Most importantly, allowing all members to choose the party’s peers does goes back to an important principle, and the underlying reason the Liberal Democrats campaign for an elected House of Lords: the only qualification for being there should be that you are democratically elected.

Until we see a fully elected House of Lords, surely the next best option is to at least lead by example by ensuring the party’s own nomination process is as democratic and transparent as it possibly can be?

* William Summers was the party’s parliamentary candidate in 2010 for North West Norfolk and creator of www.whatthehellhavethelibdemsdone.com.

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  • The problem is that the party loves using stv for elections and you can’t do that on a poll with no closing date. Also if there’s no closing date, what happens if a person wants to change their vote? perhaps they want to use their vote for a new person who has just appeared on the list?

    That said I am sick of the leadership completely ignoring the interim peers list, and I do think the voting system could be brought more up to date. A website would be a good idea – perhaps run on a similar system to the ldv members forum – but maybe each member gets a time limited vote? like 6 months or a year and then it express and you have to go vote again?

    Also, I might be a bit mean here but if it’s NOT stv then I’d like to see a method for voting people down as well as up. I don’t know about everybody else but when I full in an stv voting slip I put who I want to win first and then it fills up from the bottom with those who I would least like to see win…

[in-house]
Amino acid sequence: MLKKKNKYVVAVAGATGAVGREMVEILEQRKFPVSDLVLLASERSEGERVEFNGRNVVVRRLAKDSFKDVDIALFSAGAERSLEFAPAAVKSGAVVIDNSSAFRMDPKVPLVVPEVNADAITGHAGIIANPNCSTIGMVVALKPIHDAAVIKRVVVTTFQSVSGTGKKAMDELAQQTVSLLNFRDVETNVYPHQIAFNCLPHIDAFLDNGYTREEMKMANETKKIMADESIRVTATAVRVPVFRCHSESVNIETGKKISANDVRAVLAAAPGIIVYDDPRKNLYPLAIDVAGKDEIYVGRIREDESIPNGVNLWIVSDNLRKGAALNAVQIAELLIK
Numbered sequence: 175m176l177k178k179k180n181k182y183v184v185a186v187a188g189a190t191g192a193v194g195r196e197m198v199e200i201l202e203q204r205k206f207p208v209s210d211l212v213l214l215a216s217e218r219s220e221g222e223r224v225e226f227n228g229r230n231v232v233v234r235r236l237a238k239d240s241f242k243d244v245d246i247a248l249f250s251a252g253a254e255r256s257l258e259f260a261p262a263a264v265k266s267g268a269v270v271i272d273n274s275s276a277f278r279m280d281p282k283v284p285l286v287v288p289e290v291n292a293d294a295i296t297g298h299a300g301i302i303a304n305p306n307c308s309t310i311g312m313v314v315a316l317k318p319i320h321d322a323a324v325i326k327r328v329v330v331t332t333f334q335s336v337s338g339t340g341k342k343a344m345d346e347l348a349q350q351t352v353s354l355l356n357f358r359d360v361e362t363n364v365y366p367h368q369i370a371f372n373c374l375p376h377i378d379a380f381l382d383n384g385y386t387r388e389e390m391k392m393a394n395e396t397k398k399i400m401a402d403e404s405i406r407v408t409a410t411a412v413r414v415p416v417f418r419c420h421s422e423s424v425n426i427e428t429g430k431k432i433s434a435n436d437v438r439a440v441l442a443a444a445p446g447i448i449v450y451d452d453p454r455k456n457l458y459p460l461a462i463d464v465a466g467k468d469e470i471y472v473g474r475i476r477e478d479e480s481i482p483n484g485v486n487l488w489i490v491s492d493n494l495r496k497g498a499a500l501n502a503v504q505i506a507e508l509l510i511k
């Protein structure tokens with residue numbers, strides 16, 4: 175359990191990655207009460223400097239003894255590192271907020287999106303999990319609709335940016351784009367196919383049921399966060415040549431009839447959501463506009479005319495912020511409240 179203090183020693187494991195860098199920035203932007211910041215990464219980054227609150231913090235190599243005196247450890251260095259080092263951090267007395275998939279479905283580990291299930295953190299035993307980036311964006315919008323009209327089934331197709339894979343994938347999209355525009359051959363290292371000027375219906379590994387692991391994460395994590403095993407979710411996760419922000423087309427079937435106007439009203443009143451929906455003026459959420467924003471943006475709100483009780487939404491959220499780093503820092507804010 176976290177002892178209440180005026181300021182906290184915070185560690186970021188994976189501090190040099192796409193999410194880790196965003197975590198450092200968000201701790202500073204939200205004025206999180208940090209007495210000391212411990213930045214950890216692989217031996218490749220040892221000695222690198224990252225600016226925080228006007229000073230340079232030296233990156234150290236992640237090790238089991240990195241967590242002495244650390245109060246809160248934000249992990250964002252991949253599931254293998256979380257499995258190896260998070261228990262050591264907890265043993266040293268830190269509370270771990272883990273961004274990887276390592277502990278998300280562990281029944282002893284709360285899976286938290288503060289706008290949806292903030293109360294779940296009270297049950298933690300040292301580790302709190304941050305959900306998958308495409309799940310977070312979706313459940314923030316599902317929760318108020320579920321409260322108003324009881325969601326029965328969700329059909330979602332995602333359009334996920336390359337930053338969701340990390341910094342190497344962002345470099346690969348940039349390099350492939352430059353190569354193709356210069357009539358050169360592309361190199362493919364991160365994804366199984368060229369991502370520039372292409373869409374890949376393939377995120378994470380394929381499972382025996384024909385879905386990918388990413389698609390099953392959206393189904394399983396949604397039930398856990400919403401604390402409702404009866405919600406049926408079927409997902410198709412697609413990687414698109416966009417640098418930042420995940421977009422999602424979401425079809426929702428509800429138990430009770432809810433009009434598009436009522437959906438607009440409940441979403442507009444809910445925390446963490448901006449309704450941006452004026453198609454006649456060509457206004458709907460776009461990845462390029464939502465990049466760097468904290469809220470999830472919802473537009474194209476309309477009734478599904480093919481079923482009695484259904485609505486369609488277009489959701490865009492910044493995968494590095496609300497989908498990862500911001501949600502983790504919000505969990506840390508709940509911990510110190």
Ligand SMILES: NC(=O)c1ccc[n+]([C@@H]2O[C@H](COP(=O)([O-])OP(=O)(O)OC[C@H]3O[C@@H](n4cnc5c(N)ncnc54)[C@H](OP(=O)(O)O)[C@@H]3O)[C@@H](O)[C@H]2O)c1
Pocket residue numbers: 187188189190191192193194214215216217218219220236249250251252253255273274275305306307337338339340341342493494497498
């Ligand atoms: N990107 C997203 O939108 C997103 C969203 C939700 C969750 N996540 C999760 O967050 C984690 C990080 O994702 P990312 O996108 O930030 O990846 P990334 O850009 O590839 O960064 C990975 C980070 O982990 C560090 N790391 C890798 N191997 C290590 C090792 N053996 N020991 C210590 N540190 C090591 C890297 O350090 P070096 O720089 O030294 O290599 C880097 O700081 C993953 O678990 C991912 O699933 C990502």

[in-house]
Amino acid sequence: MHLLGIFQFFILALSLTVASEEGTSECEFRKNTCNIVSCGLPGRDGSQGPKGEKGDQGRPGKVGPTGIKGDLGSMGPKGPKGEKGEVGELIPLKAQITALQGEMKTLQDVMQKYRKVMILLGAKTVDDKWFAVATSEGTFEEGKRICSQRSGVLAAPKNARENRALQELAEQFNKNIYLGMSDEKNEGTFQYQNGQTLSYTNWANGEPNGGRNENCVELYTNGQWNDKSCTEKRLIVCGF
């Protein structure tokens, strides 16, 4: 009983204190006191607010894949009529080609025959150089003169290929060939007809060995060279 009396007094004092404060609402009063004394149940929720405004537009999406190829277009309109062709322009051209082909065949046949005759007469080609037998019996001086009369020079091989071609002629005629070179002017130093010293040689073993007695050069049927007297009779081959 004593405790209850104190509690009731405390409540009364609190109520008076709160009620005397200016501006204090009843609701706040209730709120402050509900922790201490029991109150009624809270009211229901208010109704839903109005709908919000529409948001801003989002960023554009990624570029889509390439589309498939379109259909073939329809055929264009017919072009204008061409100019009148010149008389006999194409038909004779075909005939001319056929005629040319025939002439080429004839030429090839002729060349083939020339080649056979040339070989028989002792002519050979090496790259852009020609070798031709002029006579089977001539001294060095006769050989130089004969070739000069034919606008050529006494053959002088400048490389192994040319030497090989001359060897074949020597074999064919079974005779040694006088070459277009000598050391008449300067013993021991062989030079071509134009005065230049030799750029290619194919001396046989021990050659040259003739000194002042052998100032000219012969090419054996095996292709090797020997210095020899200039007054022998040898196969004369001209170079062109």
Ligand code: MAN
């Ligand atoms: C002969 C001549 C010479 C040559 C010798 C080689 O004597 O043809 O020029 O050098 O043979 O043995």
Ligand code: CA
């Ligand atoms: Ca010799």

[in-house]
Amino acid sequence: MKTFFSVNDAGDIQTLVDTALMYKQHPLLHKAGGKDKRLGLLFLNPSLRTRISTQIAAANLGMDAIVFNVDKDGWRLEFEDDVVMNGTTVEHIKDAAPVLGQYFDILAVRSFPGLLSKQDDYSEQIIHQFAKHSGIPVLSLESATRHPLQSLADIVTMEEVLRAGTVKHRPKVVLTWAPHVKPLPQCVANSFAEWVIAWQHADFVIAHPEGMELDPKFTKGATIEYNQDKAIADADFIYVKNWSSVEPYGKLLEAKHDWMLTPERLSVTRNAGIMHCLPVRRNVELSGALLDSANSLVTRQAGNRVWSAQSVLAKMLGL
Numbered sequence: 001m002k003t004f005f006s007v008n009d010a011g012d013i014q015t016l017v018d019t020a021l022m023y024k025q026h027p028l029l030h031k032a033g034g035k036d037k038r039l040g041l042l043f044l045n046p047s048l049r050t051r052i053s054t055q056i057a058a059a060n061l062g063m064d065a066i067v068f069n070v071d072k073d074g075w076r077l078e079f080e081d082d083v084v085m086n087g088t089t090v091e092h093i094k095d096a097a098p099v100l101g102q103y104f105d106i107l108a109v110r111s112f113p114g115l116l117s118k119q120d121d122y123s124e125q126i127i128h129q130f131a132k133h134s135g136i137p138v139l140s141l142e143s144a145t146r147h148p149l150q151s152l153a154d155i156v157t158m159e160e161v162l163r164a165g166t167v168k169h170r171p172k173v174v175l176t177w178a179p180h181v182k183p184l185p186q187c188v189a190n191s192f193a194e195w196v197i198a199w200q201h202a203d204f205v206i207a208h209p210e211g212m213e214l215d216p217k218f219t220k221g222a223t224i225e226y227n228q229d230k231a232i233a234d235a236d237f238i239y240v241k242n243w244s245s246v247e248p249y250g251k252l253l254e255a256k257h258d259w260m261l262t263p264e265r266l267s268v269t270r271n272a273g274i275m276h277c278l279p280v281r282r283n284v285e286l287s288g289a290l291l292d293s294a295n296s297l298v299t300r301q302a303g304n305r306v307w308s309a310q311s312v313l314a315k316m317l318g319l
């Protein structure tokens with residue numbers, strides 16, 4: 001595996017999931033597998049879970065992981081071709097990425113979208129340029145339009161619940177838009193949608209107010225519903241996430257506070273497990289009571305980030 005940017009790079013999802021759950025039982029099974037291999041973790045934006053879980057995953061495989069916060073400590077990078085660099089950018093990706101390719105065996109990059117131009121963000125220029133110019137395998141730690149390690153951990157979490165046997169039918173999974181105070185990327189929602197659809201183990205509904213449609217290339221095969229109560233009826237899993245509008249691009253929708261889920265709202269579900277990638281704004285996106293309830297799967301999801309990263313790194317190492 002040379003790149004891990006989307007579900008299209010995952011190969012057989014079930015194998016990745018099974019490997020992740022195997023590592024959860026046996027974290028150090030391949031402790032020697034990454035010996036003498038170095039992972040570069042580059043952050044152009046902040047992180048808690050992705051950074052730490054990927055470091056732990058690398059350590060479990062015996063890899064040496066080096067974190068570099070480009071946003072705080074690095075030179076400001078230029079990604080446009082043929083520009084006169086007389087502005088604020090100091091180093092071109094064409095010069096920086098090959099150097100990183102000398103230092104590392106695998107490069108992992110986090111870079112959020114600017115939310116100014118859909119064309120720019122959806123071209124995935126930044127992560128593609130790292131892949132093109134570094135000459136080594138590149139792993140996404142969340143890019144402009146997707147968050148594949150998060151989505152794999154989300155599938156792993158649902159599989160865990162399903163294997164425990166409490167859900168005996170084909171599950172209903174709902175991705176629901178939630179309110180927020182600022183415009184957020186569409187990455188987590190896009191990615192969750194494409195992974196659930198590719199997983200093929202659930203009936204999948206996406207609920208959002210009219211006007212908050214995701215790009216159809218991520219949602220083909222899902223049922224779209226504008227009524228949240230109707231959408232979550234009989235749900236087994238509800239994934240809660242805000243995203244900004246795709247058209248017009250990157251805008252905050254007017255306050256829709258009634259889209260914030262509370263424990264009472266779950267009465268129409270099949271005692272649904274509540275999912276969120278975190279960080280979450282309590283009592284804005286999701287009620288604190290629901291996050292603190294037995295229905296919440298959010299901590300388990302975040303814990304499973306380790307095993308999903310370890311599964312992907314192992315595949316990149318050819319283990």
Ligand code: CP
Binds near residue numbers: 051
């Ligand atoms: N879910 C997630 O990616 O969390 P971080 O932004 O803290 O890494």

• William Summers 2nd Aug '13 - 10:55am

    @Jennie – I haven’t mentioned anything about not having a closing date, sorry if that’s unclear. I would think it would have to be the usual process of a nomination deadline followed by all names being published and then a voting deadline.

    The actual voting system would be up for debate, though whatever it is it would be an improvement on the current system, which to the best of my understanding seems to be an agreement between members of a panel with input for party HQ rather than any actual real voting at all.

  • Sadie Smith 2nd Aug '13 - 11:01am

    Could get names additional to Interim List from Regions. I am still grumpy about lack of midlands represtenation, so could be a touch biassed.

  • A more democratic and representative approach would simply be to allow any member of the public, prepared to self-identify as a Party supporter, to vote. A massive open primary, that gives the Party a big supporter database at the end as well presumably as better peers.